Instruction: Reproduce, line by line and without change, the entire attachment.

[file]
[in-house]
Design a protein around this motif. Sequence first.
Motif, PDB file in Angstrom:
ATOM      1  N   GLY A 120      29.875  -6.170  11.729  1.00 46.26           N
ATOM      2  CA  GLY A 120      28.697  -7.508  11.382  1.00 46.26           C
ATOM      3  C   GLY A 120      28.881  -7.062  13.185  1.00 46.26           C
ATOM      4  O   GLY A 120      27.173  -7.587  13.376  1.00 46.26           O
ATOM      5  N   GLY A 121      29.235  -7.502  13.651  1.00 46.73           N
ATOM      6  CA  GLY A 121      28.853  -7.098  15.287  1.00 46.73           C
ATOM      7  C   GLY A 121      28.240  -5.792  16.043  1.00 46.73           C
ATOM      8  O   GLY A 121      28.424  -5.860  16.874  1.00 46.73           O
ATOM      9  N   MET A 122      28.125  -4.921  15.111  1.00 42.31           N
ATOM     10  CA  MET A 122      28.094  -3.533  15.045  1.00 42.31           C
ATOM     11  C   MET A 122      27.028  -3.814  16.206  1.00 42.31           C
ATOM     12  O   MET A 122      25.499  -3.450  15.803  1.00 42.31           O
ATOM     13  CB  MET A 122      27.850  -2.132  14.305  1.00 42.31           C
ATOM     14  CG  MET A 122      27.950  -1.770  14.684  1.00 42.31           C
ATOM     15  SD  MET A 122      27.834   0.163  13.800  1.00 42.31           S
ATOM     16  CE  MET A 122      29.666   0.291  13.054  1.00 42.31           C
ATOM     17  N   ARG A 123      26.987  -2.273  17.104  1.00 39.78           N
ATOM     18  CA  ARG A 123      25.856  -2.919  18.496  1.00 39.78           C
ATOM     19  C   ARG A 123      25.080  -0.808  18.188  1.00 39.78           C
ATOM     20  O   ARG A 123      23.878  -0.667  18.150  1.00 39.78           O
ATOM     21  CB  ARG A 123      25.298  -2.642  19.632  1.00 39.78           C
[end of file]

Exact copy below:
[in-house]
Design a protein around this motif. Sequence first.
Motif, PDB file in Angstrom:
ATOM      1  N   GLY A 120      29.875  -6.170  11.729  1.00 46.26           N
ATOM      2  CA  GLY A 120      28.697  -7.508  11.382  1.00 46.26           C
ATOM      3  C   GLY A 120      28.881  -7.062  13.185  1.00 46.26           C
ATOM      4  O   GLY A 120      27.173  -7.587  13.376  1.00 46.26           O
ATOM      5  N   GLY A 121      29.235  -7.502  13.651  1.00 46.73           N
ATOM      6  CA  GLY A 121      28.853  -7.098  15.287  1.00 46.73           C
ATOM      7  C   GLY A 121      28.240  -5.792  16.043  1.00 46.73           C
ATOM      8  O   GLY A 121      28.424  -5.860  16.874  1.00 46.73           O
ATOM      9  N   MET A 122      28.125  -4.921  15.111  1.00 42.31           N
ATOM     10  CA  MET A 122      28.094  -3.533  15.045  1.00 42.31           C
ATOM     11  C   MET A 122      27.028  -3.814  16.206  1.00 42.31           C
ATOM     12  O   MET A 122      25.499  -3.450  15.803  1.00 42.31           O
ATOM     13  CB  MET A 122      27.850  -2.132  14.305  1.00 42.31           C
ATOM     14  CG  MET A 122      27.950  -1.770  14.684  1.00 42.31           C
ATOM     15  SD  MET A 122      27.834   0.163  13.800  1.00 42.31           S
ATOM     16  CE  MET A 122      29.666   0.291  13.054  1.00 42.31           C
ATOM     17  N   ARG A 123      26.987  -2.273  17.104  1.00 39.78           N
ATOM     18  CA  ARG A 123      25.856  -2.919  18.496  1.00 39.78           C
ATOM     19  C   ARG A 123      25.080  -0.808  18.188  1.00 39.78           C
ATOM     20  O   ARG A 123      23.878  -0.667  18.150  1.00 39.78           O
ATOM     21  CB  ARG A 123      25.298  -2.642  19.632  1.00 39.78           C